Intro: Galaxy GTX 260+ Sugru Fan Jerry Rig
So here a I have a good six year old video card that I can still use, if it wasn’t for two of the three fans dying on me, let’s just say my aluminium PC case was like a stove top, eggs anyone?
So, having some of this Sugru floating about, I felt I might as well give it a try.
First off buying replacement fans at the correct size was hard to track down, the fans that came with the video card where 70mm x 70mm x 10mm and all that I had access to where 70mm x 70mm x 15mm. The 10 mm fans are also very costly.
Please note that I do not have a image I can provide for this page.
Step 1: Step 1
First I had to pull apart the heatsink, and remove the two dead fans. Heads up using a 12v power pack (Plug pack) I was able to make double sure to remove the dead fans and leave the only working one, now before going nuts with the soldering iron, I made sure to check that the fans would fit, as you’ll see below, they fit fine.
Please note this photo was taken after the soldering, however I did check a few times before attempting this.
Step 2: Step 2
Remove the covering on the fan and with a de-soldering iron or a soldering iron and pryers or something else you can safely lift up the wires with please do so. You’ll also notice that the fan sensor is only connected to the centre fan, I will only be connecting the centre fan to the sensor, the other fan, and I’ll have just cut it real short.
Step 3: Step 3
First I’ll show you under the fan, as you can see there are four posts that secure the can to the plastic covering, because this fan will need raising; well will being using the Sugru to help with that and also securing the can as well.
Step 4: Step 4
I opened a packet and found that, I only needed just over half one small packet to help secure the fan. Then with a large pinch of Sugru, I pushed down on one of the posts:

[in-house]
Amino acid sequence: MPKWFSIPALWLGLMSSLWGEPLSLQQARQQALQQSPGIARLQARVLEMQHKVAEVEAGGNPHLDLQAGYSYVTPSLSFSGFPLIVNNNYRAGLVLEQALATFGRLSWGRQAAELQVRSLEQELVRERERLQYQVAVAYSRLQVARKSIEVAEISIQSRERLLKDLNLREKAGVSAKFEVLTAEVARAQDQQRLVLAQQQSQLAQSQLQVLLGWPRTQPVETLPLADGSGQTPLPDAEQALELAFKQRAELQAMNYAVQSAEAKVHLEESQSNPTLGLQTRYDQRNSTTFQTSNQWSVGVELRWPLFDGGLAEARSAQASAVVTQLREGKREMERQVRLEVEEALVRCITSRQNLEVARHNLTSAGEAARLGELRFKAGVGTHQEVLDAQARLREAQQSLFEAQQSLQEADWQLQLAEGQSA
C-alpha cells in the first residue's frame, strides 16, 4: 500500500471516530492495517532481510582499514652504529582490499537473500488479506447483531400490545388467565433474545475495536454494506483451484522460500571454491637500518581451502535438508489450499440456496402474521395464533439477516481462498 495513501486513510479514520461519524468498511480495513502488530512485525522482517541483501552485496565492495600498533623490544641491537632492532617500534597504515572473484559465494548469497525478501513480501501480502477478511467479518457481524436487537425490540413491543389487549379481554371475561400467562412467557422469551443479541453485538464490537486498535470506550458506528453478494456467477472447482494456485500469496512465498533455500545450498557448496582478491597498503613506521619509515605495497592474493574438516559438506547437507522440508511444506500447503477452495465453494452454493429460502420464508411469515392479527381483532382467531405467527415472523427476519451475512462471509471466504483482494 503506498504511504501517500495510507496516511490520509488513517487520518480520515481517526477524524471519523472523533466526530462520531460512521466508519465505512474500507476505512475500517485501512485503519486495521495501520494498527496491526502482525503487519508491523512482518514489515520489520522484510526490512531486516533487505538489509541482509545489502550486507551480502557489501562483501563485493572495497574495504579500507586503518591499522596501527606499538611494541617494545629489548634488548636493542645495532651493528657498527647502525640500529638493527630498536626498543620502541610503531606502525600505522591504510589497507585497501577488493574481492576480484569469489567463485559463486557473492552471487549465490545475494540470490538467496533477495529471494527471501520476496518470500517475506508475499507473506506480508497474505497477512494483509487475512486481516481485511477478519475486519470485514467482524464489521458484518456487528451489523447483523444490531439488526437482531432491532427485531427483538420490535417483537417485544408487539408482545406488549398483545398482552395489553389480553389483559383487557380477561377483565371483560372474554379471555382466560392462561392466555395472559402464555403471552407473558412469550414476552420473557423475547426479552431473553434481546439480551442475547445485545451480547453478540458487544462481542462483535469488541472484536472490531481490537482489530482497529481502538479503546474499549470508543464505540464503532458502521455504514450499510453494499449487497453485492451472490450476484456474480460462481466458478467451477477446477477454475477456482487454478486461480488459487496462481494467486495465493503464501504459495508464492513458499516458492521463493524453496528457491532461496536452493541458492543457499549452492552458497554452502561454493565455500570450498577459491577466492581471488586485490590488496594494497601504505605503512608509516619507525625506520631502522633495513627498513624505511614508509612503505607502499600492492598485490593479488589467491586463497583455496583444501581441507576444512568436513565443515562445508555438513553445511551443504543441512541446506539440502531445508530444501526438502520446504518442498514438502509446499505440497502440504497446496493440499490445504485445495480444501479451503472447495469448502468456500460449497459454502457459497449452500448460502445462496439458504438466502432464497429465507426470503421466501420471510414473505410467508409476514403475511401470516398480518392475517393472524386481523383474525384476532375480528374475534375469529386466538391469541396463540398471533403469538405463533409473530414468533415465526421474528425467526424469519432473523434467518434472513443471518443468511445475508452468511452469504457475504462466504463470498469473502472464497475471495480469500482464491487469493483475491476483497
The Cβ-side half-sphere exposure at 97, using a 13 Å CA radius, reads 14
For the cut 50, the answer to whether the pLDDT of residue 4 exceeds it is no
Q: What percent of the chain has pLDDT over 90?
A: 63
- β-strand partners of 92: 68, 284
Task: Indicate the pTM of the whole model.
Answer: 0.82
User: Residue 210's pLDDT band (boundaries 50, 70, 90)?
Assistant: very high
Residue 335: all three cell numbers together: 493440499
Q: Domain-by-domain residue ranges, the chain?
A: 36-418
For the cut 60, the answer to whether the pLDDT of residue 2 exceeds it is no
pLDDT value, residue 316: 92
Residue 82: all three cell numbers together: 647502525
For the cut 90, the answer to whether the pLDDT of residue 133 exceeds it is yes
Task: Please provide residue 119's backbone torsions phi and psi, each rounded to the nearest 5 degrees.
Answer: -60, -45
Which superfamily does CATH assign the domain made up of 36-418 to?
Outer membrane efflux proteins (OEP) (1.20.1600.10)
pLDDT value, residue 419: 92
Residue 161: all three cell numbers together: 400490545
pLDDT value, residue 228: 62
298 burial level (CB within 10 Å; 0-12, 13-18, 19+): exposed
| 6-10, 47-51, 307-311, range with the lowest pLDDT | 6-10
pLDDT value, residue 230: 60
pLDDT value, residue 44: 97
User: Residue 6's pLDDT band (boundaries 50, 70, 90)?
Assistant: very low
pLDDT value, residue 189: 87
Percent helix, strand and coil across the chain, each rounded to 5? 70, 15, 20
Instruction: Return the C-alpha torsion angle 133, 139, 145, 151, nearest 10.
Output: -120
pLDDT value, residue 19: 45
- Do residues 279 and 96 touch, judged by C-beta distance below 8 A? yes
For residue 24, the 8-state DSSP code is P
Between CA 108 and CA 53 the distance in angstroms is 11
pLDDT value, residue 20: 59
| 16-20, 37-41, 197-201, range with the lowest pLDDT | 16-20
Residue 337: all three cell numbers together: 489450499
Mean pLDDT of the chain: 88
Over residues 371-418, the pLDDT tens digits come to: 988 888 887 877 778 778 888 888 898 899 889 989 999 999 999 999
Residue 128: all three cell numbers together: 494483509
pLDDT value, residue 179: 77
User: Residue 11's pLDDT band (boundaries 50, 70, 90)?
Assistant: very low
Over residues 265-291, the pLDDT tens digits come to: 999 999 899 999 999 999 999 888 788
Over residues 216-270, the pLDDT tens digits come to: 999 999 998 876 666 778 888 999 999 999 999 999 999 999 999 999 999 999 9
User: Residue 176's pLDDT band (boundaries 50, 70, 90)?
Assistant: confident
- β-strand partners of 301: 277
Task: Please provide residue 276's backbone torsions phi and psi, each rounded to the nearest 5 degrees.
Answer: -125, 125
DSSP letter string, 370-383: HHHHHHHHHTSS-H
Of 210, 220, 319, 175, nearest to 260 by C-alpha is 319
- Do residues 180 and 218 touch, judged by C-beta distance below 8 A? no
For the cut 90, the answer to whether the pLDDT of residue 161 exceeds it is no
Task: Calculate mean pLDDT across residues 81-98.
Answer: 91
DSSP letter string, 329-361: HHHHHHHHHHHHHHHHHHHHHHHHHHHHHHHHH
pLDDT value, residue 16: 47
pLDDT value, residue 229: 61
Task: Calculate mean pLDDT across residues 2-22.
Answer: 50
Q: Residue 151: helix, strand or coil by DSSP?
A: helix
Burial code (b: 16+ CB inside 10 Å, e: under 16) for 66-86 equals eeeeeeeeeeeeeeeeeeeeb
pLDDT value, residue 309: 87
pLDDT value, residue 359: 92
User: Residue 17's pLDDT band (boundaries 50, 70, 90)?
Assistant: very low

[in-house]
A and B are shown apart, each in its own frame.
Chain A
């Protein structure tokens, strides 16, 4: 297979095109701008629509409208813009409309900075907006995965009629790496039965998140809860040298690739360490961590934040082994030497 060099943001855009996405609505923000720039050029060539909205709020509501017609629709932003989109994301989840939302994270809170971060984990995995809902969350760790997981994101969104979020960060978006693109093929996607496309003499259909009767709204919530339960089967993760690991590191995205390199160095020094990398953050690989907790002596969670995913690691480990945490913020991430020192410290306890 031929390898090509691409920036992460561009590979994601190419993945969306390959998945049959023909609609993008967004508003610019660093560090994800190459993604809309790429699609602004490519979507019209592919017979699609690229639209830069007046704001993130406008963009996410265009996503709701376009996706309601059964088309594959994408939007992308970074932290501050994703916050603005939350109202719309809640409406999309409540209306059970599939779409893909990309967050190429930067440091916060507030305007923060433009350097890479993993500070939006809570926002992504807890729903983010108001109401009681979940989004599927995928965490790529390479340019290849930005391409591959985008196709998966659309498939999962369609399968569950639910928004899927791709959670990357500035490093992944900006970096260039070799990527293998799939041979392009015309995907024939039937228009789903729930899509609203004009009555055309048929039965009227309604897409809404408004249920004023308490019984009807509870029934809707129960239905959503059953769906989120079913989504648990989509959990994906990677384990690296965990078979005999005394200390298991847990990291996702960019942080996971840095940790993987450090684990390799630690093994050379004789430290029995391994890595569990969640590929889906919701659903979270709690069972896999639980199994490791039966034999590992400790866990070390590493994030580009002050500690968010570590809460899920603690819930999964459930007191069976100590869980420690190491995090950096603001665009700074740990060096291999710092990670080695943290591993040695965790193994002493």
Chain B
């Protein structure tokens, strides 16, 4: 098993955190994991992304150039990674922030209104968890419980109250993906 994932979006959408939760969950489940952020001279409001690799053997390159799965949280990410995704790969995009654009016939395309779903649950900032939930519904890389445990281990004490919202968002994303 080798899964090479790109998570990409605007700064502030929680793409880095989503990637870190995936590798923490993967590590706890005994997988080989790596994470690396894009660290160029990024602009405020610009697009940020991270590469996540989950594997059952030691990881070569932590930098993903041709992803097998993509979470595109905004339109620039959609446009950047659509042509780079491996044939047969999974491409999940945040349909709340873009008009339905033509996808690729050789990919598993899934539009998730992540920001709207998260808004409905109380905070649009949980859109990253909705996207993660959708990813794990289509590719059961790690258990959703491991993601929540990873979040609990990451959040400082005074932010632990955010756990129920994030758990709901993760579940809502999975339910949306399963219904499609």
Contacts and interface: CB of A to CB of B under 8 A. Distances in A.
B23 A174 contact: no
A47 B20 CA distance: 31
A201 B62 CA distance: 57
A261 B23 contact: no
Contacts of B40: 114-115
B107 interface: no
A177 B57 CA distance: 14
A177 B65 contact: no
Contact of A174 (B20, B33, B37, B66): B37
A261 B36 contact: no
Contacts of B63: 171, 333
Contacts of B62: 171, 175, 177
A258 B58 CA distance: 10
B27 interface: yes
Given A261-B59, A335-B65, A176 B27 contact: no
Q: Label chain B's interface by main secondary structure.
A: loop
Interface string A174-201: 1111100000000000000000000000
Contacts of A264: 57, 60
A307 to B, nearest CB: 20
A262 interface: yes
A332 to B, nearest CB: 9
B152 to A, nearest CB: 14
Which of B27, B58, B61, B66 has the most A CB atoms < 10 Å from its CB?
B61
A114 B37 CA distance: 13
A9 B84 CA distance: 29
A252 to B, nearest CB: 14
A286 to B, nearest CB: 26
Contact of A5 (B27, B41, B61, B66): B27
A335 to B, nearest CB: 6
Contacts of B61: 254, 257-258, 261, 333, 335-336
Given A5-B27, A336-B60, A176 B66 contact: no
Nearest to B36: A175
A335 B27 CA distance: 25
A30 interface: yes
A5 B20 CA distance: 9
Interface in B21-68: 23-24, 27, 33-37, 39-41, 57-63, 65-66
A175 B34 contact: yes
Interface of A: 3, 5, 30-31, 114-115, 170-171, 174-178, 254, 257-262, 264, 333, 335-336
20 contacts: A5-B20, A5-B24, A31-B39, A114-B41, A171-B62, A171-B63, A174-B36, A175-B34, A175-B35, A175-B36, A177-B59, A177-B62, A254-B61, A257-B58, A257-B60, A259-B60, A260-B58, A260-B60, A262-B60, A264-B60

Try to line it up as best as possible, next I used the heatsink to help correctly line up the fan.
Step 5: Step 5
Now take the aluminium heatsink, carefully use it to line up the fan, so that it is seated correctly and remove any of the Sugru that might catch on the fan or you could just lose the only working fan you have left.
What I did was place the heatsink on two new fans and then move it down and across the smaller fan and wiggled it about, unit it sat flush.
Now leave this to set for a day and then get back to it.
Step 6: Step 6
Make sure the Heatsink is clear of any dirt, dust, grime, heatsink compound, etc..
Now I am going to use the screws that held the plastic case to the aluminium heatsink for extra bounding support to the sugru.
Step 7: Step 7
Now going with a little bit of guess work, I made four posts, you might need more you’re less of these sugru spaces depending on the configuration of your video card. I only have four myself, by first making one, and seeing if that will fill the void space between the plastic and aluminium heatsink; once you have found one that is a little higher then needed, maybe a centimetre. I made three more, before carefully squeezing all the sugru spaces onto the screw mounts.
Step 8: Step 8
Alright, once you have the heatsink in place check each of the mounts to be sure the sugru has made contact with both the plastic and aluminium, as you can see with the image below, that didn’t work out with me so well, lucky I only had to fix up two of the four mounts, I used a flat head screw driver (small) to move the sugru into place.
Once you are happy that these is a even connection between both the aluminium heatsink and plastic casing allow to set for overnight or what is recommended on the packaging.
Step 9: Step 9 - Test, Test, Test!
Test, test, test.
To make sure everything is working, fire up the fans again, making sure everything works. I had a little issue with one of the power cables catching on one of the fans, that was easily fixed by pushing it back into place.
Please be aware that you will be unable to take the plastic case off the heatsink, because it has in a way been glued into place.
Still, test, test and test.
Step 10: Step 10
Now we can take the video card and reapply heatsink compound to the GPU, and then reattach the now fixed heatsink, and as a final test, I held the video card up and titled it, making sure it wasn’t going to fall off.
Please use this as a guide to resolving your own problem; I must admit I found this sugru very useful and if you need to hack a device like this, it is well worth giving a try.
I wish to also thank Hacker Space Hobart for putting up with me and supplying sugru and other tools to complete this project.